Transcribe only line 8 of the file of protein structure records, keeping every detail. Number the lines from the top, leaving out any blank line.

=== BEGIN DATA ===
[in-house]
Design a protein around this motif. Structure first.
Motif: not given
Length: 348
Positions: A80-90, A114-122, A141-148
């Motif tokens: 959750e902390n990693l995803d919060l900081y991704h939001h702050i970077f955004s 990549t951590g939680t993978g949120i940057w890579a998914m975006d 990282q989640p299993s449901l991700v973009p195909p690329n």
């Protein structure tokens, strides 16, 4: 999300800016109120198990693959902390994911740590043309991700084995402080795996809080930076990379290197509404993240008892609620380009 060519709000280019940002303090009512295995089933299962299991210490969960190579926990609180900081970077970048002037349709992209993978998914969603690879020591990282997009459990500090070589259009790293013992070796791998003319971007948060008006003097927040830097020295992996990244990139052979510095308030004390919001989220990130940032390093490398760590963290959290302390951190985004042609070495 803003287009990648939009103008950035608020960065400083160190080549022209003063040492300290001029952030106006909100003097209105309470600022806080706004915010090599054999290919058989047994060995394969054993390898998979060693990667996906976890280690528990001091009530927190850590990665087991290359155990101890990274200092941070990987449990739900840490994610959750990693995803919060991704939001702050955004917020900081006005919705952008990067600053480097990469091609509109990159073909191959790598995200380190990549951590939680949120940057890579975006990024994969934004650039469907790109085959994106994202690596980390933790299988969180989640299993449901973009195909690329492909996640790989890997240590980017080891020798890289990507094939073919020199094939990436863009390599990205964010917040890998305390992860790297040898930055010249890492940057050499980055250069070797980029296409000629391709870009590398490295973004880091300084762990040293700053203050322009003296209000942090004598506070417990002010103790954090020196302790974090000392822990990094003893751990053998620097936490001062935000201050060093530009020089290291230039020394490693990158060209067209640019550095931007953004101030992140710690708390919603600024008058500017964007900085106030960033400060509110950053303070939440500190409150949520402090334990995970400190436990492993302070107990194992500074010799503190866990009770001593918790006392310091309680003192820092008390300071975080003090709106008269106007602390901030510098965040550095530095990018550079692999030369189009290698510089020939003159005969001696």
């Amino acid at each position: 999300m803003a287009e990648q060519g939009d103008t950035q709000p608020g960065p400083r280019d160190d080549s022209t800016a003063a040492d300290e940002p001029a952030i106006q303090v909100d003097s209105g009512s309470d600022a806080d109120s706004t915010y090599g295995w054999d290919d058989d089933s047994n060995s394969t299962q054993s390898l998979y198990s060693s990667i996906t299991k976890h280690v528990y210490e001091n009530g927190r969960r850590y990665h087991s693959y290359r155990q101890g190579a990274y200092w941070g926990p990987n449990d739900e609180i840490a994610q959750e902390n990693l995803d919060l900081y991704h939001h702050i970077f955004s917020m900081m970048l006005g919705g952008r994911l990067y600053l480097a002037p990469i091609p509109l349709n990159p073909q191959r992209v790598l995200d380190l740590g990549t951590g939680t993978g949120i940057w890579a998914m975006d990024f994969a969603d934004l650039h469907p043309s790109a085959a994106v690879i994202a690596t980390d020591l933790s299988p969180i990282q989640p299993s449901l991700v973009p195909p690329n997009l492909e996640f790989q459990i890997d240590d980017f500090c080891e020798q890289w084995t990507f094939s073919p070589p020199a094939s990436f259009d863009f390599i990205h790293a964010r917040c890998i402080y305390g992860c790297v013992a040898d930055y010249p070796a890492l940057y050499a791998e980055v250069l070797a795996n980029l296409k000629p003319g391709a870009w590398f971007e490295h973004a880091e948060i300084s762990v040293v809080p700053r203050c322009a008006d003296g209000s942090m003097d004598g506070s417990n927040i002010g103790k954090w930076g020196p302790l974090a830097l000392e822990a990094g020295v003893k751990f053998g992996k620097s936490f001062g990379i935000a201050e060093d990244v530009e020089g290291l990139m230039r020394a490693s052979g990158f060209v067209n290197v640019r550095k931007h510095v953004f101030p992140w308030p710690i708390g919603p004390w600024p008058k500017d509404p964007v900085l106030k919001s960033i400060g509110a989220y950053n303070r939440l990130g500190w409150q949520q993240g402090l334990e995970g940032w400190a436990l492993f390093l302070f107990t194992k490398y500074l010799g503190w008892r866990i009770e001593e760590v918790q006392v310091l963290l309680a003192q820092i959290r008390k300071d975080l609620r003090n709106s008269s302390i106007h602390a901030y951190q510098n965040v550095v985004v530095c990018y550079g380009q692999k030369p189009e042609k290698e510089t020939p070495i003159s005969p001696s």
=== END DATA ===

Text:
């Amino acid at each position: 999300m803003a287009e990648q060519g939009d103008t950035q709000p608020g960065p400083r280019d160190d080549s022209t800016a003063a040492d300290e940002p001029a952030i106006q303090v909100d003097s209105g009512s309470d600022a806080d109120s706004t915010y090599g295995w054999d290919d058989d089933s047994n060995s394969t299962q054993s390898l998979y198990s060693s990667i996906t299991k976890h280690v528990y210490e001091n009530g927190r969960r850590y990665h087991s693959y290359r155990q101890g190579a990274y200092w941070g926990p990987n449990d739900e609180i840490a994610q959750e902390n990693l995803d919060l900081y991704h939001h702050i970077f955004s917020m900081m970048l006005g919705g952008r994911l990067y600053l480097a002037p990469i091609p509109l349709n990159p073909q191959r992209v790598l995200d380190l740590g990549t951590g939680t993978g949120i940057w890579a998914m975006d990024f994969a969603d934004l650039h469907p043309s790109a085959a994106v690879i994202a690596t980390d020591l933790s299988p969180i990282q989640p299993s449901l991700v973009p195909p690329n997009l492909e996640f790989q459990i890997d240590d980017f500090c080891e020798q890289w084995t990507f094939s073919p070589p020199a094939s990436f259009d863009f390599i990205h790293a964010r917040c890998i402080y305390g992860c790297v013992a040898d930055y010249p070796a890492l940057y050499a791998e980055v250069l070797a795996n980029l296409k000629p003319g391709a870009w590398f971007e490295h973004a880091e948060i300084s762990v040293v809080p700053r203050c322009a008006d003296g209000s942090m003097d004598g506070s417990n927040i002010g103790k954090w930076g020196p302790l974090a830097l000392e822990a990094g020295v003893k751990f053998g992996k620097s936490f001062g990379i935000a201050e060093d990244v530009e020089g290291l990139m230039r020394a490693s052979g990158f060209v067209n290197v640019r550095k931007h510095v953004f101030p992140w308030p710690i708390g919603p004390w600024p008058k500017d509404p964007v900085l106030k919001s960033i400060g509110a989220y950053n303070r939440l990130g500190w409150q949520q993240g402090l334990e995970g940032w400190a436990l492993f390093l302070f107990t194992k490398y500074l010799g503190w008892r866990i009770e001593e760590v918790q006392v310091l963290l309680a003192q820092i959290r008390k300071d975080l609620r003090n709106s008269s302390i106007h602390a901030y951190q510098n965040v550095v985004v530095c990018y550079g380009q692999k030369p189009e042609k290698e510089t020939p070495i003159s005969p001696s």